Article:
Leadership training is valuable for anyone—especially for women, who face barriers to leadership opportunities at work. A new program is breaking down barriers.
A recent McKinsey study revealed what too many people have learned firsthand: women face a number of disadvantages in the workplace, including lower hiring and promotion rates, decreased likelihood of receiving advice on how to advance their careers and greater difficulty in securing raises and promotions.
We all have the responsibility to uphold General Motors’ beliefs and values, which include ensuring a respectful and inclusive workplace that enables everyone to reach their full potential. Given the continued public discussions on sexual harassment, GM’s Senior Leadership Team sent an internal message to all employees highlighting the importance of the company’s Workplace Environment Policy. Sexual harassment is not tolerated at GM, and we expect employees to report issues, be transparent and treat each other fairly, professionally and respectfully. Our Non-Retaliation Policy encourages employees to report incidents of harassment and promises no retaliation against individuals who speak up. In early 2018, GM made an online antiharassment training course a requirement for every salaried employee around the globe. GM also has engaged in the in-person training of thousands of employees in antiharassment/antidiscrimination, with a plan to reach thousands more.
GM champions women's success in the workplace and has recently launched Women in Action (WIA), a new global web-based learning program. WIA targets all GM women but is open to both men and women who are looking to enhance their leadership skills. The initiative was developed to address the loss of female representation higher in the leader pipeline. The online course provides quick, convenient access to content that builds leadership competencies at any career stage and addresses some of the unique challenges faced by women in business.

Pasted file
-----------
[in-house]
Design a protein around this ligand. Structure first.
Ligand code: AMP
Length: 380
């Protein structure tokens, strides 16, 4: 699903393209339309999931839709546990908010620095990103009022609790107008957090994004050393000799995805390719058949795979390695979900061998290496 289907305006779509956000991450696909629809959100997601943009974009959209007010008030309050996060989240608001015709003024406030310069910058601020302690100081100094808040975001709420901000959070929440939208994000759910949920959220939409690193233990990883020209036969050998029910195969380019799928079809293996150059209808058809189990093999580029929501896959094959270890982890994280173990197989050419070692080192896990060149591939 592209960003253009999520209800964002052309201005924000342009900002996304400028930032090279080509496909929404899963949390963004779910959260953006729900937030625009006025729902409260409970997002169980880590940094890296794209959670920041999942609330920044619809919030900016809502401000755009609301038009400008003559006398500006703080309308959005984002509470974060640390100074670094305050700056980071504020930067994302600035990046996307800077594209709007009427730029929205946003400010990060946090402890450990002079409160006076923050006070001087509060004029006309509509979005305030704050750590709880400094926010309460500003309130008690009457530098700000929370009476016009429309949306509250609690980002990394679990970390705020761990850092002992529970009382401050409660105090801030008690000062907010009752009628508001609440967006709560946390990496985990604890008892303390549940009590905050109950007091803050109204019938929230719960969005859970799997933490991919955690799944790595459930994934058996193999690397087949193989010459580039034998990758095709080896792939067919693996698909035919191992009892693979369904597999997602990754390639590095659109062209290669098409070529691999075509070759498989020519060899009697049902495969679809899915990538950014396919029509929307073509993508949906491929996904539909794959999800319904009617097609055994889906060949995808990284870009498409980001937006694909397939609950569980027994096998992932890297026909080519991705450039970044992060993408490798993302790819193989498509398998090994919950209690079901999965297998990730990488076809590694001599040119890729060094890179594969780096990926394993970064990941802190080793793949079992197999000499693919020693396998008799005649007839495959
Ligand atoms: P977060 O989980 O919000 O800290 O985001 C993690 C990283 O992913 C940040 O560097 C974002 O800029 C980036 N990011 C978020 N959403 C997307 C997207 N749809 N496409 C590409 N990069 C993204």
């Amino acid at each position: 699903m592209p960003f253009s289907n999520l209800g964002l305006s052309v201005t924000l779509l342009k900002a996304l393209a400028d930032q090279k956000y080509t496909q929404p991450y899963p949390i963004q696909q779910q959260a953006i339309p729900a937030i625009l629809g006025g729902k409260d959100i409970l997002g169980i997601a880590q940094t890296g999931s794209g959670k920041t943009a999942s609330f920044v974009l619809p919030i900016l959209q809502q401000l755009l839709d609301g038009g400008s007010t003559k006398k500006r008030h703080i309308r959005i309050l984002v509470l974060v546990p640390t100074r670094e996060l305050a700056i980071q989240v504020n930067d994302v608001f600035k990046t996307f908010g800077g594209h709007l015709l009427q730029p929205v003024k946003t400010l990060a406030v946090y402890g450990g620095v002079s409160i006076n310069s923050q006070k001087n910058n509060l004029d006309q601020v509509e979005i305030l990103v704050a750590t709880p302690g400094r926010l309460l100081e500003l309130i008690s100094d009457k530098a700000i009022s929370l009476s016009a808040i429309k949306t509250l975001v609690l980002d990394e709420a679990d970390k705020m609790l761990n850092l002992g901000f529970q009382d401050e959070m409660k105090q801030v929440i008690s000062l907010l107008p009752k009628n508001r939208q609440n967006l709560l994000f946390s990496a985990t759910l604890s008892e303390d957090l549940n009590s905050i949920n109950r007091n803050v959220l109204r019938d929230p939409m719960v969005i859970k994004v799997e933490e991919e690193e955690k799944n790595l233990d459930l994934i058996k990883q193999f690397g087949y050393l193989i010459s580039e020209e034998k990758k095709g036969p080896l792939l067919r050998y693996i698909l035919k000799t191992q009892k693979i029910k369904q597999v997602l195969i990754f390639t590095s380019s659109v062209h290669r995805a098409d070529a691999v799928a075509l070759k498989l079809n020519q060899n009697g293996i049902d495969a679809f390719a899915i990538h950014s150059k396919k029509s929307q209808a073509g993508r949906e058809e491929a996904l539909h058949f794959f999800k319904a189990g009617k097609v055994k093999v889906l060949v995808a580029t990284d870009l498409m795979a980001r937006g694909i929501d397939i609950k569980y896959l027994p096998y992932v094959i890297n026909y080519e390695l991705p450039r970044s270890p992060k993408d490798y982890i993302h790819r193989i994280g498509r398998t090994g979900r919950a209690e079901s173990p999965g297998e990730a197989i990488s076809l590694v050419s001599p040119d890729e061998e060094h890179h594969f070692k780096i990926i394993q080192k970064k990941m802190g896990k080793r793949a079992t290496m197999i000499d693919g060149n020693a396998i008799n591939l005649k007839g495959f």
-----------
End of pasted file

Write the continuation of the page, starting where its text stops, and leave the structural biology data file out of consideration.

The program began in 2017 with 12 modules covering everything from developing communication skills to taking career risks. The self-paced learning is delivered through readings, videos, self-assessments and on-the-job application activities. In its first year, 6,700 employees registered—roughly a third of the global female population invited to participate. Of those, 600 were men who anecdotally acknowledged that a better understanding of issues impacting women’s leadership development makes them better leaders themselves. We also found that more than 70 groups of 10 to 30 employees informally formed to discuss the modules in mini-workshops or as part of department or work group meetings, furthering impact and engagement of employees.
In early 2018, we expanded WIA to 36 content modules organized into three distinct learning tracks. The tracks include Emerging Leaders, designed to help individual contributors or “next-up” leaders enhance their skills; People Leaders, for those who manage or aspire to manage others; and Executive Leaders, offering a perspective for employees working at higher levels of leadership within GM. As with the original modules, all three tracks are open to any participant, allowing for preparatory growth and self-development for all women and men. The 2018 program officially kicked off on International Women’s Day.